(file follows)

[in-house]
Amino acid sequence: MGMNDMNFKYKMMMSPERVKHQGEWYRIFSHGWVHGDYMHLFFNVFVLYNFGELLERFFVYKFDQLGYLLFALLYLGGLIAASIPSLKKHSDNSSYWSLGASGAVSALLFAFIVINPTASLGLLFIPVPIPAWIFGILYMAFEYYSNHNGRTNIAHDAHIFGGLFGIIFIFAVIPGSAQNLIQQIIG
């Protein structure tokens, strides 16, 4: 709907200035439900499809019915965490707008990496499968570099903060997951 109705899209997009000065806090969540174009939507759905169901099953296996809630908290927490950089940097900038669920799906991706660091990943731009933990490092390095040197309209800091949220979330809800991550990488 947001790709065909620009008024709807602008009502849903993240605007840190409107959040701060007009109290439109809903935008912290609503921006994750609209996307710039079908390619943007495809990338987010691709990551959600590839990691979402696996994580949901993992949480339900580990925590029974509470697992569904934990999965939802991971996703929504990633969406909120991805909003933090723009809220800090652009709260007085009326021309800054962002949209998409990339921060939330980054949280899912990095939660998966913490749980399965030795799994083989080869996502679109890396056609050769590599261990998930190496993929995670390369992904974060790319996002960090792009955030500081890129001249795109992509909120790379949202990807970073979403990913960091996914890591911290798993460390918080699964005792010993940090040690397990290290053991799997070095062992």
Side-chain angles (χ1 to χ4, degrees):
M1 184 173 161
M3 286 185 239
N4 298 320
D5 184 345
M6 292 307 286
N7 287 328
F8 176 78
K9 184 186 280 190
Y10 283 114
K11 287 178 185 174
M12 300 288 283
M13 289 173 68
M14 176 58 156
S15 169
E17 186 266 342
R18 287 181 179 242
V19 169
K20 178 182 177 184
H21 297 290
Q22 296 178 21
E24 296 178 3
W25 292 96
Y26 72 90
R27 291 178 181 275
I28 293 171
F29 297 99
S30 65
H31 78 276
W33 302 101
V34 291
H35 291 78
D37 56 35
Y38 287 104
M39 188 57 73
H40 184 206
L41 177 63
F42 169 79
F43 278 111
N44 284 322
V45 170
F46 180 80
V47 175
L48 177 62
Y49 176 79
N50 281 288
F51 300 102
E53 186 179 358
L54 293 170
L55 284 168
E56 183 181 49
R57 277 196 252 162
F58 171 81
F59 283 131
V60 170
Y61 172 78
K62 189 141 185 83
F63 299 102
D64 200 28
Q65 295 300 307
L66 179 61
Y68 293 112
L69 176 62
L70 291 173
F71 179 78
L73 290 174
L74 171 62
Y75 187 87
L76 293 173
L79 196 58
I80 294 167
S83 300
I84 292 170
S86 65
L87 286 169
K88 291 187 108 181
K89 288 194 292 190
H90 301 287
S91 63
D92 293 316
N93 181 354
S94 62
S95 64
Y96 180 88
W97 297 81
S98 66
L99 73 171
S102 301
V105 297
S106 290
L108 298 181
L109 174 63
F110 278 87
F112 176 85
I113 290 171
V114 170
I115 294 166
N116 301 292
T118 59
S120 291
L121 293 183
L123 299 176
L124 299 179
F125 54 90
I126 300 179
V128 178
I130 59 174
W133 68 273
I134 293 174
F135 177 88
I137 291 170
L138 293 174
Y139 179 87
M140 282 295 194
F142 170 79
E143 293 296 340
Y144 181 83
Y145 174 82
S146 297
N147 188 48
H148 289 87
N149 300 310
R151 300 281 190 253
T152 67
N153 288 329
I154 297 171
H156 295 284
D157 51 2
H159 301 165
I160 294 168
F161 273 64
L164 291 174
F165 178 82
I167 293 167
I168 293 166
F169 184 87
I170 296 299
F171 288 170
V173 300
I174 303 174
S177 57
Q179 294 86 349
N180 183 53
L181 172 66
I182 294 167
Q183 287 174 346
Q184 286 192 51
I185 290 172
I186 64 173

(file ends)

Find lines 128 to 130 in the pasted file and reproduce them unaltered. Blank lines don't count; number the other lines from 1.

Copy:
N153 288 329
I154 297 171
H156 295 284